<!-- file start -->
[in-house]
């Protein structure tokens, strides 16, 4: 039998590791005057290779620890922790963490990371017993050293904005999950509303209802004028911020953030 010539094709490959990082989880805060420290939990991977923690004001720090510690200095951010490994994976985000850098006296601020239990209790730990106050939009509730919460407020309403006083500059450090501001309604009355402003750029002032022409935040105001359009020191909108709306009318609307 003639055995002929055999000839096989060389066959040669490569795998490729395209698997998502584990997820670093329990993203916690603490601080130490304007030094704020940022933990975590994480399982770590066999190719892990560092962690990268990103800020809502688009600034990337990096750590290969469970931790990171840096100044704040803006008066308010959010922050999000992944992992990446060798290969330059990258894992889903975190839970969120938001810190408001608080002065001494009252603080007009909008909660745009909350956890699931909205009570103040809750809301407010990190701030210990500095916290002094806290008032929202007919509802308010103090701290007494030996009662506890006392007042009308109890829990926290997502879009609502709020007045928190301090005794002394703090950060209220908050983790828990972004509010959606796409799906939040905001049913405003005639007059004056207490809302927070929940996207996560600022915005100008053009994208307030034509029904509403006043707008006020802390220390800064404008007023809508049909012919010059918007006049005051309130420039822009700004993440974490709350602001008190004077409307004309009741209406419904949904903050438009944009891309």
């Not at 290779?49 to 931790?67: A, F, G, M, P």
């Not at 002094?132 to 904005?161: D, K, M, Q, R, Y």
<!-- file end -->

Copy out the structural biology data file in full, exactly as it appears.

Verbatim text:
[in-house]
């Protein structure tokens, strides 16, 4: 039998590791005057290779620890922790963490990371017993050293904005999950509303209802004028911020953030 010539094709490959990082989880805060420290939990991977923690004001720090510690200095951010490994994976985000850098006296601020239990209790730990106050939009509730919460407020309403006083500059450090501001309604009355402003750029002032022409935040105001359009020191909108709306009318609307 003639055995002929055999000839096989060389066959040669490569795998490729395209698997998502584990997820670093329990993203916690603490601080130490304007030094704020940022933990975590994480399982770590066999190719892990560092962690990268990103800020809502688009600034990337990096750590290969469970931790990171840096100044704040803006008066308010959010922050999000992944992992990446060798290969330059990258894992889903975190839970969120938001810190408001608080002065001494009252603080007009909008909660745009909350956890699931909205009570103040809750809301407010990190701030210990500095916290002094806290008032929202007919509802308010103090701290007494030996009662506890006392007042009308109890829990926290997502879009609502709020007045928190301090005794002394703090950060209220908050983790828990972004509010959606796409799906939040905001049913405003005639007059004056207490809302927070929940996207996560600022915005100008053009994208307030034509029904509403006043707008006020802390220390800064404008007023809508049909012919010059918007006049005051309130420039822009700004993440974490709350602001008190004077409307004309009741209406419904949904903050438009944009891309």
């Not at 290779?49 to 931790?67: A, F, G, M, P």
């Not at 002094?132 to 904005?161: D, K, M, Q, R, Y």